However, his praise of Colorado does not mean that he is unaware of the racial tensions that sometimes exist in the society. After working at Jefferson County, he worked for Aurora Public Schools as the director of multicultural education and he says he was appalled at what he encountered in terms of cultural conflicts. “I was amazed at the conflict that existed between different minorities and majorities. I was constantly solving problems.” He witnessed a lot of misinterpretations. This led him to organize several committees that were in charge of setting boundaries and “defining what is what.” That effort led to the establishment of a day set aside to celebrate diversity (Multicultural Day, when students are encouraged to bring food from different cultures.)

    He and his wife have dual citizenship. He feels the political situation in Uganda or Africa in general is not improving. A travel experience he had with his family in 1979 (in Brussels) also motivated him to become an American citizen. The immigration officers were very rude and rough with Africans. It was such a humiliating experience for him and his family, and he vowed then and there to get a U.S. passport. The Immigration Reform and Control Act of 1986 helped him accomplish that objective.

    He is however not confused about his identity. He is an African from Uganda. In some cases though, if it would help communication better, he likes to be referred to as African American. His children are also very conscious of their African roots. In his words, “I made sure they understand that they cannot embarrass us and bring shame to our name. We are Africans.” He is also aware that his children have experienced various cultures. In fact, he feels that they are more adapted to white American culture because they have lived in Littleton since 1980 and went to predominantly white schools. But there have been a few instances when his children would be riding with their white friends and a policeman would stop them and ask them (his children) for their ID.

    Overall, Elisha has a very humanistic view of life and is grateful for all the opportunities he has had as a foreigner. He says that “when people get to know you, they don’t necessarily see your color.” He is grateful that he has never had a problem in his neighborhood. He is an active member of his church and sometimes he is the only black pallbearer at church funerals. He has been “written into a lot of white wills” and has been left so many things. He also has a very good relationship with Ugandans and other Africans, but he does not necessarily care where the people he meets come from as long as they are reasonable and have an agreeable character. He believes that if people are knowledgeable about one another, they would get along better.

    Elisha has thought about going back to Uganda, especially as a way of contributing to his society, but in 2000 when he tried to do so he met a lot of obstacles. As much as he loves Uganda, he is very unhappy about the political situation and the high level of corruption there.

    He does not feel that the reporting about Africa is fair. For him, it’s a five out of ten. However, he has learned not to dwell on negatives and to just do the best he can. He feels strongly about the misconception of Africa as a country. “Well, Africa is a continent, not a country. We really need to know more about each other and explore more and see why people do what they do.”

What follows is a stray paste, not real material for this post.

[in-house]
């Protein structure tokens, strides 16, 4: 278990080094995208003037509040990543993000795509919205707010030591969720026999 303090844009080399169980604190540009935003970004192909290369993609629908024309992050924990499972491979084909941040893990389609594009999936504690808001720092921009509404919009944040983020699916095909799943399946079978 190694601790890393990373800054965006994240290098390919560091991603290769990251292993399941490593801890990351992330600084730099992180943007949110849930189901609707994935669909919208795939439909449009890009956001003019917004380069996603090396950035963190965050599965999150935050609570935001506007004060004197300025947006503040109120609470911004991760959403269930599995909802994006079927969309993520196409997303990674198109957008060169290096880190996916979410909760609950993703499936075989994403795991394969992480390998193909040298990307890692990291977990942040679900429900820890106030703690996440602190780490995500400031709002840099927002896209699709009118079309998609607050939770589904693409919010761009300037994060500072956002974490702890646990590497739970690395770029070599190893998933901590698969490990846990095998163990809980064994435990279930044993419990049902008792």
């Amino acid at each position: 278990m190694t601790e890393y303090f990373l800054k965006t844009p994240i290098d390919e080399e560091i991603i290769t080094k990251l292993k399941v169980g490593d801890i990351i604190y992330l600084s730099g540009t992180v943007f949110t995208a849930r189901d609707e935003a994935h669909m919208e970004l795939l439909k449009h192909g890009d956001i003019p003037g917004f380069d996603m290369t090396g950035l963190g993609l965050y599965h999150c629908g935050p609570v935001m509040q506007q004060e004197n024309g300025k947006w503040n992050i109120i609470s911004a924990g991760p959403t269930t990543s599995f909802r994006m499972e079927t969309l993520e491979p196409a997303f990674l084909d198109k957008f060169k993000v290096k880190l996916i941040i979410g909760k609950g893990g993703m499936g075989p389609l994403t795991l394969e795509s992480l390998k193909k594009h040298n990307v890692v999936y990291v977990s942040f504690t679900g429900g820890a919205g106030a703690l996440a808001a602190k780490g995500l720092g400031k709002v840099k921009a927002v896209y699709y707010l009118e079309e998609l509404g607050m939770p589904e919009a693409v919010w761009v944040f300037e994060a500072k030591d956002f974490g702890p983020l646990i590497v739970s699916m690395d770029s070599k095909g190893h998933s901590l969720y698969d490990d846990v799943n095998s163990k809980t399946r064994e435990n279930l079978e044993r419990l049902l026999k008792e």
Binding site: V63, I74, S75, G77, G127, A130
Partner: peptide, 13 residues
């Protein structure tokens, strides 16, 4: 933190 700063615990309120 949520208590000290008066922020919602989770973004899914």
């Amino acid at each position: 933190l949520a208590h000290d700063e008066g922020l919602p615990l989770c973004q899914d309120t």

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  • "The story of Amistad speaks to my family"

    Tiara Wilson, USA, 20

    Tiara Wilson is a student at the University of Denver. During summer breaks, she works for a finance company. Her social network includes her family, community organizations, and the church. She speaks English and also Chinese. She has lived in Colorado all her life but her mother was originally from Des Moines in Iowa and her father was originally from Philadelphia. She has considered leaving Colorado but ended up attending the University of Denver, but she might leave at some point just to explore other places. She likes the balance between city and nature in Colorado and the fact that people are not too mean or super nice – “just a nice balance.”

    With people from other places, such as Africans, Tiara feels that they show a lot more courtesy, are a lot more polite and considerate. She feels people are pretty much the same except that sometimes Africans, for instance, are under a lot more pressure to retain their Africanness. She describes herself as a black American instead of an African American because the expression (“black American”) has become more common in conversations.

    Tiara does not feel any strong connection to Africa, although after watching the movie Amistad her parents were able to trace their origin to Sierra Leone and her father realized that the story of Amistad was also the story of his ancestors. In her words, “I do think that the story of Amistad speaks to my family. We’ve always said we’re fighters and I think that the story kind of reaffirms that.” Tiara is glad that her father’s family actually came to the U.S. as free people and not as slaves.

    On the issue of identity, Tiara is very much aware of certain stereotypes about black women and men. When she takes her nieces and nephews out, for instance, people just assume that they are her children. She also says that when they were growing up her father would often tell her brothers: “Be careful about getting angry in public places because people will think you’re going to hurt them.”

This portfolio last updated: 06-Apr-2019 3:04 PM